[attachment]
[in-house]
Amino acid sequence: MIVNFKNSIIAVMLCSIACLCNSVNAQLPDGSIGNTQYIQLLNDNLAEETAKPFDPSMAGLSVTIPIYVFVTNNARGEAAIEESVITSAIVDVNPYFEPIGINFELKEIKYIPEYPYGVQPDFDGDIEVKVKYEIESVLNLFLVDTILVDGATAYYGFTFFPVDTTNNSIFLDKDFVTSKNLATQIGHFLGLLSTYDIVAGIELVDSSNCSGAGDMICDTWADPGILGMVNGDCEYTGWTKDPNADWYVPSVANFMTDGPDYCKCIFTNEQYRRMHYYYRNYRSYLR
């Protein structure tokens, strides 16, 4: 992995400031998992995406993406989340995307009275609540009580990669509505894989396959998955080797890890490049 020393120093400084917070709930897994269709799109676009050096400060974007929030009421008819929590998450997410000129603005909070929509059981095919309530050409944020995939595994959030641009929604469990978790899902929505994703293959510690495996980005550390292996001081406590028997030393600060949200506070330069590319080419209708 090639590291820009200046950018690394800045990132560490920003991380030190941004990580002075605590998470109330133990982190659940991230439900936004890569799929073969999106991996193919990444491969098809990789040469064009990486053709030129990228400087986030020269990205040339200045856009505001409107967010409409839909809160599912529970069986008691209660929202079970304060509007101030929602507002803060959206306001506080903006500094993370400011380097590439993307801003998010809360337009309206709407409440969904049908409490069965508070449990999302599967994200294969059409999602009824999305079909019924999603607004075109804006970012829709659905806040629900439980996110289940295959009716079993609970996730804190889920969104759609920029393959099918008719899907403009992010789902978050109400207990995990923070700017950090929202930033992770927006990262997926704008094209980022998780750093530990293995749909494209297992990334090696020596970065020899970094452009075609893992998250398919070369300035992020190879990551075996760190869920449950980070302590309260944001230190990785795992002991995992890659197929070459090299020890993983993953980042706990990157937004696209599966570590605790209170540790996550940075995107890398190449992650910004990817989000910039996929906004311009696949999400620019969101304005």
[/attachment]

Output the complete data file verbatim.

[in-house]
Amino acid sequence: MIVNFKNSIIAVMLCSIACLCNSVNAQLPDGSIGNTQYIQLLNDNLAEETAKPFDPSMAGLSVTIPIYVFVTNNARGEAAIEESVITSAIVDVNPYFEPIGINFELKEIKYIPEYPYGVQPDFDGDIEVKVKYEIESVLNLFLVDTILVDGATAYYGFTFFPVDTTNNSIFLDKDFVTSKNLATQIGHFLGLLSTYDIVAGIELVDSSNCSGAGDMICDTWADPGILGMVNGDCEYTGWTKDPNADWYVPSVANFMTDGPDYCKCIFTNEQYRRMHYYYRNYRSYLR
């Protein structure tokens, strides 16, 4: 992995400031998992995406993406989340995307009275609540009580990669509505894989396959998955080797890890490049 020393120093400084917070709930897994269709799109676009050096400060974007929030009421008819929590998450997410000129603005909070929509059981095919309530050409944020995939595994959030641009929604469990978790899902929505994703293959510690495996980005550390292996001081406590028997030393600060949200506070330069590319080419209708 090639590291820009200046950018690394800045990132560490920003991380030190941004990580002075605590998470109330133990982190659940991230439900936004890569799929073969999106991996193919990444491969098809990789040469064009990486053709030129990228400087986030020269990205040339200045856009505001409107967010409409839909809160599912529970069986008691209660929202079970304060509007101030929602507002803060959206306001506080903006500094993370400011380097590439993307801003998010809360337009309206709407409440969904049908409490069965508070449990999302599967994200294969059409999602009824999305079909019924999603607004075109804006970012829709659905806040629900439980996110289940295959009716079993609970996730804190889920969104759609920029393959099918008719899907403009992010789902978050109400207990995990923070700017950090929202930033992770927006990262997926704008094209980022998780750093530990293995749909494209297992990334090696020596970065020899970094452009075609893992998250398919070369300035992020190879990551075996760190869920449950980070302590309260944001230190990785795992002991995992890659197929070459090299020890993983993953980042706990990157937004696209599966570590605790209170540790996550940075995107890398190449992650910004990817989000910039996929906004311009696949999400620019969101304005």